By Jim Schutze
By Rachel Watts
By Lauren Drewes Daniels
By Anna Merlan
By Lee Escobedo
Jeannie Davidson called the stray cat she took in "Trouble," a name that seemed perfect for a long-haired gray tabby that was always on the move. On the morning of February 16, 1994, Davidson dropped off Trouble to be spayed at Lucas' Protect 'Ur Pet clinic in south Irving. Davidson, who has taken in many stray cats over the years, had heard about Lucas' discounted costs. "I was hoping to save a little money, and I didn't have any reason to think there would be a problem," Davidson says, more than three years later.
The employee working the desk told Davidson to call the clinic at 7 o'clock that night to learn whether Trouble would be ready to go home. Davidson did, but was told the cat had not yet recovered from surgery. The employee told Davidson the clinic would call when Trouble came out of the anesthesia.
By 10 p.m., Davidson still had not heard from Lucas. "I was getting worried, so I decided to just drive over and wait," says Davidson, who lives only a few blocks from the clinic. She remembers thinking it odd that the entire staff would be working so late at a clinic that was not set up as a 24-hour business.
"It was even stranger when I got there," she recalls. "The waiting room was filled with people, all of them in the same situation as mine. We were all waiting for our animals to come out of surgery."
She sat for hours, growing more agitated with each tick of the clock. "I started noticing the place was dirty. It smelled of urine," Davidson says. "I had been in such a rush to get to work that morning, I just didn't notice those things at the time."
Finally, after repeated inquiries about the cat's welfare, a groggy Trouble was released to Davidson--at 2:45 a.m.
Beyond being enraged over her marathon wait at the clinic, Davidson soon noticed that all was not well with Trouble. Over the next few days, the incision on the cat's abdomen grew swollen and red. The wound began weeping pus. The cat grew listless.
One week after the surgery, Davidson took Trouble to the Animal Medical and Surgical Hospital in Irving. There, Dr. Julie Bradford examined the cat. Trouble was running a temperature two degrees higher than normal. The incision--which Lucas had closed with large metal staples rather than the more widely accepted filament sutures--was now an angry wound. Bradford, who would later testify to her findings at the hearing over Lucas' license, found that the skin had been severely over-gathered and inverted, which did not allow for direct edge-to-edge healing. Some of the staples had lacerated the surrounding skin.
Bradford repaired Lucas' surgery by cutting away the dead skin, cleaning the site, and resuturing the incision. She prescribed antibiotics. Three years later, Trouble is alive and well, but nervous around strangers, Davidson says.
Davidson, as well as three other complainants against Lucas, declined to be photographed for this story. Each cited a fear that Lucas might retaliate in some way. Davidson, for instance, claims that shortly after the state launched its investigation of Lucas, Davidson came home one night to find three of the stray cats she regularly fed dead on her front porch. "There were no signs of trauma, and someone had left an open can of tuna there that had been partially eaten," Davidson says. "I can't prove anything, but I have my theories."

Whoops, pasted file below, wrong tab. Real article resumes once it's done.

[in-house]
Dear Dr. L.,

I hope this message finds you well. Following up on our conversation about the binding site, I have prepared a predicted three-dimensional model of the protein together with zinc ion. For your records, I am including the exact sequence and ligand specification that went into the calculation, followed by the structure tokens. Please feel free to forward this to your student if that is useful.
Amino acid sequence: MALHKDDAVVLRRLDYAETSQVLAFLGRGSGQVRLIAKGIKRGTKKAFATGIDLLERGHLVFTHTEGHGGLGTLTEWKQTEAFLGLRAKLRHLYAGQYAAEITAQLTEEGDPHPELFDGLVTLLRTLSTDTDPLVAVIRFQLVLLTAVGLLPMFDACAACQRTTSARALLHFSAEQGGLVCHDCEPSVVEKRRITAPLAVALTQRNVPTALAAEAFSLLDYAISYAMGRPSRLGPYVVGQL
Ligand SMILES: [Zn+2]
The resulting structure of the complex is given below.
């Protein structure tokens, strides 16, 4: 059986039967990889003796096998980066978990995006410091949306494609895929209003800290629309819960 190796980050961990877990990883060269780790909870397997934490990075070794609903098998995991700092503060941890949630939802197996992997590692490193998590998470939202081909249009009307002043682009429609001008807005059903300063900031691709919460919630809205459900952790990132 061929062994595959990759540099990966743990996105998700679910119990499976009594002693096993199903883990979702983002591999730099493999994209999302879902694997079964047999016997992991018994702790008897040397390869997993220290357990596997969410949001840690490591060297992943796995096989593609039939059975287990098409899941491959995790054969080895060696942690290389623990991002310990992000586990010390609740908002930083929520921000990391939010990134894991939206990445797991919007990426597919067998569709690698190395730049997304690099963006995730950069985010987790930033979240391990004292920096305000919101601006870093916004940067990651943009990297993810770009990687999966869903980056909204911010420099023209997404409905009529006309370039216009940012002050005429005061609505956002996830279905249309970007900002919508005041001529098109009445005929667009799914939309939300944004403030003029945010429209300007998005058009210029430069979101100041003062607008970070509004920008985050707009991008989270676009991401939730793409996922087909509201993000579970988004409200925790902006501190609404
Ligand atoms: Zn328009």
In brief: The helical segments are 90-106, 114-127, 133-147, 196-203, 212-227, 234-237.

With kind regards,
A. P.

Four months after Davidson's experience with Trouble's surgery, Christina Cernosek took her calico kitten Sunshine to Protect 'Ur Pet to be vaccinated for rabies and spayed. Cernosek says she heard of Lucas through a friend whose dog had been spayed and turned out fine.
"And to be absolutely honest, we were trying to save money," Cernosek says from her home in Tampa, Florida, where she and her husband, Michael, relocated nearly two years ago. "Sunshine was a cat we took in off the street. We didn't know whether she was even healthy, and we were a little concerned about spending a lot of money on her."
Cernosek thought it more than a little odd that she couldn't pick up her cat until 1 a.m.--12 hours after dropping the animal off at the clinic. "I never saw the vet," she says. "I wanted to meet her, but her assistants would just tell me she was in surgery, or she was too busy to see me."
Sunshine went home with Cernosek that morning, and the incision healed well. Eight days later, as instructed, Cernosek returned to the clinic with the cat to have the staples removed.
"This time I went back to a room, and the business manager came in to take the staples out," Cernosek recalls. "The table was filthy. I said to the woman 'Aren't you going to clean off that table?' She pulled out a spray bottle that looked like nothing more than water and cleaned it off."
Removing the staples from Sunshine's belly turned into an ordeal. "She was screaming and yowling and it took two women and myself to hold her down," Cernosek says. "When I finally got her home, she was oozing blood. She tried licking it, but she just couldn't keep up with it." Cernosek decided to take the cat to the 183 Animal Clinic, a 24-hour facility in Irving.